Chinese Buying Gold: Accelerating Purchase Rate
By now most people are aware that one of the major factors behind increasing gold demand around the world is increased demand from governments and central banks. Rather than being net sellers of gold like they were 10-20 years ago, central banks have become net buyers of gold, with demand from central banks increasing to near-record levels over the past couple of years. That trend is showing no signs of decreasing this year, as central banks continue to add to their gold hoards.
Leading the way, not surprisingly, is China. China has become not only the world’s largest gold producer, but also the world’s largest gold consumer. Chinese consumer demand for gold has overtaken India for the top spot, and the Chinese government is not far behind.
The most recent data from the Chinese government indicate that it has increased its monthly purchases of gold by about 50% recently. The past few months saw the Chinese government adding to its stockpiles by 10-11 tonnes per month, but this past month saw China add 16 tonnes of gold. If that trend continues, or even increases, then China could add significantly to its stores over the coming years.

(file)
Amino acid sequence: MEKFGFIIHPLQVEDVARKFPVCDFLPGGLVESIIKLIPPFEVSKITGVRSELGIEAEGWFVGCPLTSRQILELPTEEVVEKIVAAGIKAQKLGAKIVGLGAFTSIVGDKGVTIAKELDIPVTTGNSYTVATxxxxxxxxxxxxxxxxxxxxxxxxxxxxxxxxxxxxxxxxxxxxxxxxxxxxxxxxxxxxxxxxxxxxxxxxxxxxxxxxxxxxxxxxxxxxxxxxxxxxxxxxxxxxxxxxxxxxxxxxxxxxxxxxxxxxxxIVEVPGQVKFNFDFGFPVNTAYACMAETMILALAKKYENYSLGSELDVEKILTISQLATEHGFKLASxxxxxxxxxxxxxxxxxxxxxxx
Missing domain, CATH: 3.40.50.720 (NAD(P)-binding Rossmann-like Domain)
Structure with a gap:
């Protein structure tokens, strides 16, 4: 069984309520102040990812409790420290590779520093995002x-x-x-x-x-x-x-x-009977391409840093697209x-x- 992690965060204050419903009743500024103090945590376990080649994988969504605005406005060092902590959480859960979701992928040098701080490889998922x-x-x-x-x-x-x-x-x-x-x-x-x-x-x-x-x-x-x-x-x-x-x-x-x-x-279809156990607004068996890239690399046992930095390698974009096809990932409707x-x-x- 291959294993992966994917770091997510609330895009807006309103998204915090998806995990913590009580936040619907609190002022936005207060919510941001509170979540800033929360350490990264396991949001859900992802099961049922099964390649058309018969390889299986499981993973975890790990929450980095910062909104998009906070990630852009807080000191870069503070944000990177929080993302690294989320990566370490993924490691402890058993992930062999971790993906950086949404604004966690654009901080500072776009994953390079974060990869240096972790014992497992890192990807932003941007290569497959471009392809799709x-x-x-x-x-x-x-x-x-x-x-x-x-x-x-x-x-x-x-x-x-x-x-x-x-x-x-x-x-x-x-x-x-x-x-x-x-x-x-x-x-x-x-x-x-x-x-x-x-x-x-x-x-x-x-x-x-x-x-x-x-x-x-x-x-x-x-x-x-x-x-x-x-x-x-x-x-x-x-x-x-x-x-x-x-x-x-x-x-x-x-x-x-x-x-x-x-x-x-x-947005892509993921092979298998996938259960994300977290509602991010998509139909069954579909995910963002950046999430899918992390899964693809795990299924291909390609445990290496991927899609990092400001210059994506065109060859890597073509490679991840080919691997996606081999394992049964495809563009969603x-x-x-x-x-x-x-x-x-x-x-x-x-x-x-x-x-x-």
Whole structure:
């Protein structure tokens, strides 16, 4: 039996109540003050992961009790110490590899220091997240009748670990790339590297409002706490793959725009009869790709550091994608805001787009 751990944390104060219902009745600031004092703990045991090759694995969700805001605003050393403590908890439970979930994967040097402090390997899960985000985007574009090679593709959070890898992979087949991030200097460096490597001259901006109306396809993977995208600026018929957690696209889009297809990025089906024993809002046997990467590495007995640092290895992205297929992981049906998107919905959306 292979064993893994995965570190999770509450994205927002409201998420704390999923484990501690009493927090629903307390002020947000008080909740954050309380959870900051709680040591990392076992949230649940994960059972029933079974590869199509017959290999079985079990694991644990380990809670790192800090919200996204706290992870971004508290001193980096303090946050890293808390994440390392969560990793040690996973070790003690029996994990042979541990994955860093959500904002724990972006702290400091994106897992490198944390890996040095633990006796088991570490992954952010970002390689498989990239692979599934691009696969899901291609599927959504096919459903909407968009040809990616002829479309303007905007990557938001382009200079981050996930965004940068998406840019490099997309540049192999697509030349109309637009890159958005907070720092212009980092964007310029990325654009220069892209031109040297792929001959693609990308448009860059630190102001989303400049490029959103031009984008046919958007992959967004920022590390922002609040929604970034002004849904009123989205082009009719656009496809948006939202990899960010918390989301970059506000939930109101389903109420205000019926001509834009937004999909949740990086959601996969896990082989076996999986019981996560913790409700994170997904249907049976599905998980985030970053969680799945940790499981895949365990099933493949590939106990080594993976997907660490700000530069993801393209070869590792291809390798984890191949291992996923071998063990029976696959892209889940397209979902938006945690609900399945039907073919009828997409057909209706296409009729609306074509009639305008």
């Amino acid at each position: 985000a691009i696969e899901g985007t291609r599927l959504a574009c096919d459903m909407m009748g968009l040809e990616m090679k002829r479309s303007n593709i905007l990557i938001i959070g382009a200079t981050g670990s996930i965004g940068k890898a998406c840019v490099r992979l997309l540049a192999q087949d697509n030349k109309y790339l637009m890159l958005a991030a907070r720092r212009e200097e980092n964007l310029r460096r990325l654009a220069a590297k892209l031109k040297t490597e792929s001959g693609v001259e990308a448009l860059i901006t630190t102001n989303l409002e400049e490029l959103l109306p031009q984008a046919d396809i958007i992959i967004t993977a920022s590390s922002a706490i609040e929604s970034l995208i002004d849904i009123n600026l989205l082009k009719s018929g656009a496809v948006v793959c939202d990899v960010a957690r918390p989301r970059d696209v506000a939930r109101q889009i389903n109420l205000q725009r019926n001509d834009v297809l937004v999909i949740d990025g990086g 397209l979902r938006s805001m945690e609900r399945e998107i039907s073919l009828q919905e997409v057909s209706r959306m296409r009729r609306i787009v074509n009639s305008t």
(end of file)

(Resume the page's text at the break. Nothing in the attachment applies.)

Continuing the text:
Most analysts assume that China understates both its official gold reserves and its gold purchases, but those numbers are unfortunately all that we can rely on. Even if they’re not 100% accurate, they still indicate that the Chinese government understands the importance of gold and is doing everything it can to build up its gold supply. That has a multifold purpose.
China currently holds significant amounts of US Treasury debt which it wants to diversify away from. It also wants to increase its own gold holdings to shore up its financial position. And with increasing dissatisfaction with the United States and the dollar-based financial system, there’s every reason to believe that China wants to replace the dollar with a gold-backed currency.
That could explain why both China and Russia are buying large amounts of gold. It will take quite a while for either country to catch up to the United States’ level of gold ownership, but at the rate they’re buying gold, within a decade or two we could start seeing a move towards a gold-backed currency to replace the dollar.